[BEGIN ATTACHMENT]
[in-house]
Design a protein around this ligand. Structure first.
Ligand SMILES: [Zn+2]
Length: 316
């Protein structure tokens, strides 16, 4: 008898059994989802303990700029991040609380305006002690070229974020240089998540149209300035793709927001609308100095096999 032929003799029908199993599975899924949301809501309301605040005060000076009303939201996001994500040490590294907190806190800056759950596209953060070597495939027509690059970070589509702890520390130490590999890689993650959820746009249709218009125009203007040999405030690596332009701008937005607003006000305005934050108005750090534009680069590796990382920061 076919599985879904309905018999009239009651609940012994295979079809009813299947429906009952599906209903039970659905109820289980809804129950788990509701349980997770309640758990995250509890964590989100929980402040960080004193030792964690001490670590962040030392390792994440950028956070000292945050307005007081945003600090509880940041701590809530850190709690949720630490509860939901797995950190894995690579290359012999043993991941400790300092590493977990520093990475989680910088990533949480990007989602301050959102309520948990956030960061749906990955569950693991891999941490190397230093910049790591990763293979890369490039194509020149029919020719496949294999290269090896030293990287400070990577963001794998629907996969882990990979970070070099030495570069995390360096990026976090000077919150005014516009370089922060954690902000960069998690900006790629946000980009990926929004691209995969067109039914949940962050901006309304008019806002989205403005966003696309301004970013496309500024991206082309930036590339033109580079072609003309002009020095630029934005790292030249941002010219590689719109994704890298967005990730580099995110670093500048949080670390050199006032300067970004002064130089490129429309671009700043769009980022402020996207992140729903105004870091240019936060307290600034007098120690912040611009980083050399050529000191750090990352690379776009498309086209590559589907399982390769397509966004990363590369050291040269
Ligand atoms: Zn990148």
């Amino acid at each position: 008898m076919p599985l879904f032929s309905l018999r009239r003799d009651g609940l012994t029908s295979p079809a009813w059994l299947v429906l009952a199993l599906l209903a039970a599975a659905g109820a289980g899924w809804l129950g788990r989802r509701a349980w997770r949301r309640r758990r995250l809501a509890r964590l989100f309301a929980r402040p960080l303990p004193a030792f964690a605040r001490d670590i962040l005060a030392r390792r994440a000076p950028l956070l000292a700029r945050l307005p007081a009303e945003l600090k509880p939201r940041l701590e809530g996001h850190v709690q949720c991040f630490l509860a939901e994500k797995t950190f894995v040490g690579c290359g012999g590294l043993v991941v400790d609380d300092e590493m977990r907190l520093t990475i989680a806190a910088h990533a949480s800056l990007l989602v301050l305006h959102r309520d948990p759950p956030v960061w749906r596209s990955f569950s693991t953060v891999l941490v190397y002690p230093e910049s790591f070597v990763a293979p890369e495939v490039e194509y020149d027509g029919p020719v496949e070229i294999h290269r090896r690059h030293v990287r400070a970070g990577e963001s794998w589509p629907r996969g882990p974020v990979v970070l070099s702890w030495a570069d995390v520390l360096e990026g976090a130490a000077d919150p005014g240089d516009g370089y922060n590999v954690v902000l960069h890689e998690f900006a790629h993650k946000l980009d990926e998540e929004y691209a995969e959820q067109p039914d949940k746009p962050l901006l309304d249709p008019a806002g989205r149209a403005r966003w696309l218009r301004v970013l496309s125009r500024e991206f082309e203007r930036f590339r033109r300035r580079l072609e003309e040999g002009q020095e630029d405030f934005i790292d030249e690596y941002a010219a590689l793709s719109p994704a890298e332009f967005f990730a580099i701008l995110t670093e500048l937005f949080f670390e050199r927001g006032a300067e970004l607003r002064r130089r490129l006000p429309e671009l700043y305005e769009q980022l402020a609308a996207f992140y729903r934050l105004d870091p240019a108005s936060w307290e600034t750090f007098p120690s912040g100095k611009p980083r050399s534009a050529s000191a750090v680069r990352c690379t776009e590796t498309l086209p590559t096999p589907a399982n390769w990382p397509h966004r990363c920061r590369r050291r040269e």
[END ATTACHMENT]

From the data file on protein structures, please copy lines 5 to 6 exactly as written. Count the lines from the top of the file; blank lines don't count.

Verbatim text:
């Protein structure tokens, strides 16, 4: 008898059994989802303990700029991040609380305006002690070229974020240089998540149209300035793709927001609308100095096999 032929003799029908199993599975899924949301809501309301605040005060000076009303939201996001994500040490590294907190806190800056759950596209953060070597495939027509690059970070589509702890520390130490590999890689993650959820746009249709218009125009203007040999405030690596332009701008937005607003006000305005934050108005750090534009680069590796990382920061 076919599985879904309905018999009239009651609940012994295979079809009813299947429906009952599906209903039970659905109820289980809804129950788990509701349980997770309640758990995250509890964590989100929980402040960080004193030792964690001490670590962040030392390792994440950028956070000292945050307005007081945003600090509880940041701590809530850190709690949720630490509860939901797995950190894995690579290359012999043993991941400790300092590493977990520093990475989680910088990533949480990007989602301050959102309520948990956030960061749906990955569950693991891999941490190397230093910049790591990763293979890369490039194509020149029919020719496949294999290269090896030293990287400070990577963001794998629907996969882990990979970070070099030495570069995390360096990026976090000077919150005014516009370089922060954690902000960069998690900006790629946000980009990926929004691209995969067109039914949940962050901006309304008019806002989205403005966003696309301004970013496309500024991206082309930036590339033109580079072609003309002009020095630029934005790292030249941002010219590689719109994704890298967005990730580099995110670093500048949080670390050199006032300067970004002064130089490129429309671009700043769009980022402020996207992140729903105004870091240019936060307290600034007098120690912040611009980083050399050529000191750090990352690379776009498309086209590559589907399982390769397509966004990363590369050291040269
Ligand atoms: Zn990148």